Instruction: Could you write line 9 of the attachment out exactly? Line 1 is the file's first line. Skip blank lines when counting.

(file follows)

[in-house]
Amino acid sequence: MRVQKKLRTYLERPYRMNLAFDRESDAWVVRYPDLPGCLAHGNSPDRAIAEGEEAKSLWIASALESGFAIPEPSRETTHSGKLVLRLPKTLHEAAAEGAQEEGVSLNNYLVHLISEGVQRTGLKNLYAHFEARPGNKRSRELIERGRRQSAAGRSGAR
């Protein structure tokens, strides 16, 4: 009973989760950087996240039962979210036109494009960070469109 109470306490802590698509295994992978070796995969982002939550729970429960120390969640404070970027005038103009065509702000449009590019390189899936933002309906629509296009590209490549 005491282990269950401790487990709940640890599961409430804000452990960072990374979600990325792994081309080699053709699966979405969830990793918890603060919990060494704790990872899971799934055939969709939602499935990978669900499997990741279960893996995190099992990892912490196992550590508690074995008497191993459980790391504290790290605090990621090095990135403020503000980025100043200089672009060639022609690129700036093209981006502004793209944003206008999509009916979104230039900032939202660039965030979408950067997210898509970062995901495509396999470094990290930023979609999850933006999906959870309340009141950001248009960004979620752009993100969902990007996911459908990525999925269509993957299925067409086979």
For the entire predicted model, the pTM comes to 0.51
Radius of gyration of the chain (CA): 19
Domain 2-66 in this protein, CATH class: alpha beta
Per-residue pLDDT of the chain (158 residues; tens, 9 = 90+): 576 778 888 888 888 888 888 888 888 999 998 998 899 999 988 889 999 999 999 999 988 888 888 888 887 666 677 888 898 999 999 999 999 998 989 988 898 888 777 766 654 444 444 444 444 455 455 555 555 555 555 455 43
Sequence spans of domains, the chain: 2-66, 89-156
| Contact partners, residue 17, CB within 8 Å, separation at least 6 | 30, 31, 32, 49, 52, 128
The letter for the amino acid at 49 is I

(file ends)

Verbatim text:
| Contact partners, residue 17, CB within 8 Å, separation at least 6 | 30, 31, 32, 49, 52, 128